Because we need to be able to tell the difference between bet and bat, we hear vowels as categorically different sounds, but they are actually points in a continuous potential noise-range (you can easily slide from e to a with no break in between, and the intervening sounds are halfway between the two vowels). What distinguishes vowels from each other is their relative 'distance' from each other (scare quotes to indicate metaphorical usage and also technical terminology - the distance is literal as well).

This means that when sounds change very slightly, you might not be able to hear it, or you might not hear it reliably because you're expecting to hear a particular sound (the McGurk effect is a famous demonstration of just how useless you are at hearing a sound if you're expecting to hear another). If you can't trust your own ears, you aren't going to do a very convincing scientific experiment, are you? So people use specialist equipment to measure sounds, and then they can analyse these measurements to determine exactly what sounds were produced and how (for instance) the Queen's vowels have changed over time. So, one change they noticed was that her vowel in words like had was produced lower in the mouth in the 1980s than in the 1950s, causing it to sound a bit more like had and a bit less like hed.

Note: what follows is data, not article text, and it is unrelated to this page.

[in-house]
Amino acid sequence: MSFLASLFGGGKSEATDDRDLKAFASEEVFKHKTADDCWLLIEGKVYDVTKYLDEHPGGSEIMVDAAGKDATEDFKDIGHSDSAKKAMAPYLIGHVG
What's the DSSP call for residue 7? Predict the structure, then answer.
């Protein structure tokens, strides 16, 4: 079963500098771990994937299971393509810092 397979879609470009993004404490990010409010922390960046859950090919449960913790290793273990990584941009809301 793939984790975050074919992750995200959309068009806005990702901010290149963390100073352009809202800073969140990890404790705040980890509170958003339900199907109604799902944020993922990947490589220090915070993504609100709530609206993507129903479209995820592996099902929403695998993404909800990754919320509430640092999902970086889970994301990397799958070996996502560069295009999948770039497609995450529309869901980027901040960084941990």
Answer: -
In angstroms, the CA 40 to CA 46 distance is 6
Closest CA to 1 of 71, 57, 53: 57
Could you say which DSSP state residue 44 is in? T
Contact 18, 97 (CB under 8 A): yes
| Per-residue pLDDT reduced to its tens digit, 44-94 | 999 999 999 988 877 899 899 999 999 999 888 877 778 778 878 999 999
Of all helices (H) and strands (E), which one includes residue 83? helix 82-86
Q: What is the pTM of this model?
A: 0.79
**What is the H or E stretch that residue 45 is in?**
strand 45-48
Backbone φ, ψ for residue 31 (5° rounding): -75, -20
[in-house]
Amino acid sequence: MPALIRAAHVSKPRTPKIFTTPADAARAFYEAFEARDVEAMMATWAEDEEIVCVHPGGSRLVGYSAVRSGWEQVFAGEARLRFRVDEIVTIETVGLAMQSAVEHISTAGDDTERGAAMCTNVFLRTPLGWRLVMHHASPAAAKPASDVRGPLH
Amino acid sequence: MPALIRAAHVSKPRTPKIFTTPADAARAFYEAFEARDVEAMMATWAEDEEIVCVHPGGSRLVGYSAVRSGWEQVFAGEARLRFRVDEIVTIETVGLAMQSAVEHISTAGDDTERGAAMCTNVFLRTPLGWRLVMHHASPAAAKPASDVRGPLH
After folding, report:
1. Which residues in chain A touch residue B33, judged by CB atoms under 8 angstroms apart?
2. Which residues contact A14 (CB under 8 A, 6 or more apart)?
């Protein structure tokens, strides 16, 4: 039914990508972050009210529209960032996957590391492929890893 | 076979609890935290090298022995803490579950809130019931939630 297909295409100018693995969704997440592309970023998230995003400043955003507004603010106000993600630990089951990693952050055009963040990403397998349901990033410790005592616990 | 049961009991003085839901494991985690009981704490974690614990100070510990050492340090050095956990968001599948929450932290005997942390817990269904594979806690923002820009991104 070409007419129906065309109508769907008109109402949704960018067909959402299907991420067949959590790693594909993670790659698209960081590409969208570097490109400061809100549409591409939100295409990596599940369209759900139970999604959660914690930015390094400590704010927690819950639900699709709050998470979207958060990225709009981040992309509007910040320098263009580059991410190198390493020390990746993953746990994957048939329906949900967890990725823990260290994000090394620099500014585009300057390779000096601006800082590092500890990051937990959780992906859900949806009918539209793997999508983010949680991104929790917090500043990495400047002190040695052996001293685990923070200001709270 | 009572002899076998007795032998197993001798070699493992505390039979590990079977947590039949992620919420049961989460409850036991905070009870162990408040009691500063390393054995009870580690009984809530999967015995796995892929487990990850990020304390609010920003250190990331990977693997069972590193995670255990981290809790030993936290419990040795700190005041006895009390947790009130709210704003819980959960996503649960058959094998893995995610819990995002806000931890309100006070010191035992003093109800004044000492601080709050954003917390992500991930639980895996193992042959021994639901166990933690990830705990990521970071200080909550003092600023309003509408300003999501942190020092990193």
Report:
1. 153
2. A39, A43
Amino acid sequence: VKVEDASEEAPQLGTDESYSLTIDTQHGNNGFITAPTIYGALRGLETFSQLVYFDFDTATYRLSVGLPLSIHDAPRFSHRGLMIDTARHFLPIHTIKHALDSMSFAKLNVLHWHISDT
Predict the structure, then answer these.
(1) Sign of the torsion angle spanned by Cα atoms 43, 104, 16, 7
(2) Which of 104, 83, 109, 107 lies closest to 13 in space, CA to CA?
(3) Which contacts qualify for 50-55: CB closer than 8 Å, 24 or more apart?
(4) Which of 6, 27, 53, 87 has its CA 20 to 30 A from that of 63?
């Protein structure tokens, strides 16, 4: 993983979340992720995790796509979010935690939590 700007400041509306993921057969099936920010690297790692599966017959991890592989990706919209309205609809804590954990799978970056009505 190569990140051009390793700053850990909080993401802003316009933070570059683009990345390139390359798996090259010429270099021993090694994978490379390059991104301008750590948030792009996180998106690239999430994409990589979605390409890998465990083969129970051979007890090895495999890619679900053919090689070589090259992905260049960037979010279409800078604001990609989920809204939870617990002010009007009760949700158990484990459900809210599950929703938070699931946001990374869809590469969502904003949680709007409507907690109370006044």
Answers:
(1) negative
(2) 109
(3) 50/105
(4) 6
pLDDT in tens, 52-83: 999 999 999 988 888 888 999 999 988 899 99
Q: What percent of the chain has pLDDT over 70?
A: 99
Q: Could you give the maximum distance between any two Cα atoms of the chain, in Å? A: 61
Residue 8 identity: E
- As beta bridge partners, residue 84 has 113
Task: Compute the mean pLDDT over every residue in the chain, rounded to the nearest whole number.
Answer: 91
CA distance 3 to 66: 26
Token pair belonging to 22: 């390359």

The Elves reported the study and in the course of the conversation, said 'You can't hear it though. Machines can hear it'. This was met with astonishment from the audience and the other Elves, but it's no stranger than measuring anything else with a machine (blood pressure, brain activity, blood sugar levels, gravity, atmospheric pressure, wind speed, radioactivity...). It's a peculiar quirk of language that because we all do it with a reasonable degree of consciousness, we think we must know all about it, even though we don't know how our lungs or digestion work without explicit teaching.